I confess, I may be guilty of helping students improve their scores on standardized tests. Just last week I was helping my eight-year old grandchildren, third-graders scheduled to take the new common core based tests, with their math homework. When they were finished, I asked Gideon and Sadia if they had checked their work. Now Sadia values accuracy, so when she said she checked her work I just initialed it. But Gideon values speed over accuracy and even though he said he had checked his work, I thought it advisable to take a closer look at it. Of course I found a couple of careless errors. I gave it back to him and told him he had to check his work again — which he knew meant he had made mistakes.
If these homework assignments are factored into their grades for the school year, Gideon, who ultimately got the questions right on his own, will get “inflated” grades because of the help he received at home. I guess in the new world of high-stakes testing even for the youngest children that makes me a cheater, but I thought as a grandparent, I was supposed to help them with their homework.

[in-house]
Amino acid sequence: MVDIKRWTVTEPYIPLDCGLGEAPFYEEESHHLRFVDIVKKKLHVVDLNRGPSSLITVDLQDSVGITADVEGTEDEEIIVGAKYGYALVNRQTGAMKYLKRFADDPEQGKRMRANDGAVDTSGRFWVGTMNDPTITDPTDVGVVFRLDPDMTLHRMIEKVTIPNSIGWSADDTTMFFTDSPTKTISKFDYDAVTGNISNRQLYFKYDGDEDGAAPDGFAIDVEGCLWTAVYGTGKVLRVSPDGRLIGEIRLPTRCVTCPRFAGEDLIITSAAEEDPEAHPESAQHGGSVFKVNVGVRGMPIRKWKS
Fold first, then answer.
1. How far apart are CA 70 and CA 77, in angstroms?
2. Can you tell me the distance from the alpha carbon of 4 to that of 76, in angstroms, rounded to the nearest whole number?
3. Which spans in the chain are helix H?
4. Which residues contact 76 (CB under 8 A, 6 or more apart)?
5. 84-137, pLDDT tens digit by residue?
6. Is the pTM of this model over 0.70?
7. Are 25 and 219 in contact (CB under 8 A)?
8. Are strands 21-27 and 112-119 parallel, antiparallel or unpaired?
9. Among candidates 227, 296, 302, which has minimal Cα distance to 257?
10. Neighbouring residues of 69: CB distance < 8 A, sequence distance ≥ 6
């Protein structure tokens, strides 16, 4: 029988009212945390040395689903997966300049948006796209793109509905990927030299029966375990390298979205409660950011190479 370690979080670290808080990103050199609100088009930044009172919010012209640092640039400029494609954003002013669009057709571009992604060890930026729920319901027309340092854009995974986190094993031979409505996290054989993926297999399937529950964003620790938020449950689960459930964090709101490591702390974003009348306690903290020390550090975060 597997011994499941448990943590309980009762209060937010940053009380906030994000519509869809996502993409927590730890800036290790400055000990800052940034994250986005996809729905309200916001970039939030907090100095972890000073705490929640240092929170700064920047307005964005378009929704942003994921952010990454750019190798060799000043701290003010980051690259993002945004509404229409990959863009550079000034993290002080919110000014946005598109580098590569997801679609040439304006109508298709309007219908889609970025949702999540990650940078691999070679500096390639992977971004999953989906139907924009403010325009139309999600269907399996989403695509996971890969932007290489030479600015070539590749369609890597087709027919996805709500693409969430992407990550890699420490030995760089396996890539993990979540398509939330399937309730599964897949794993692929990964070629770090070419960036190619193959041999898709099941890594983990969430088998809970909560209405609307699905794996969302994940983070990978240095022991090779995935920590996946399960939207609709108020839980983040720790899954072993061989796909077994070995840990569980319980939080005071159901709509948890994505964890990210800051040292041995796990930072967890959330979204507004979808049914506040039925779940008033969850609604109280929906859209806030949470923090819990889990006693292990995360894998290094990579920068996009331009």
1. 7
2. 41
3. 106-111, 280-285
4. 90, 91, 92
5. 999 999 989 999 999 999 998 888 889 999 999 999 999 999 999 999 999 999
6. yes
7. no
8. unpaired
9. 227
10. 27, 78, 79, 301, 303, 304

I am writing this blog because justified accusations about changing student answers on standardized tests in Atlanta, Georgia have become a witch hunt and all teachers are now considered suspect of cheating. In Glen Cove, New York, a dozen teachers from two elementary schools are being investigated and face disciplinary action for such nebulous infractions as “violating test protocol and not following the proscribed guidance in the testing manuals” during the spring 2012 elementary school reading and math tests.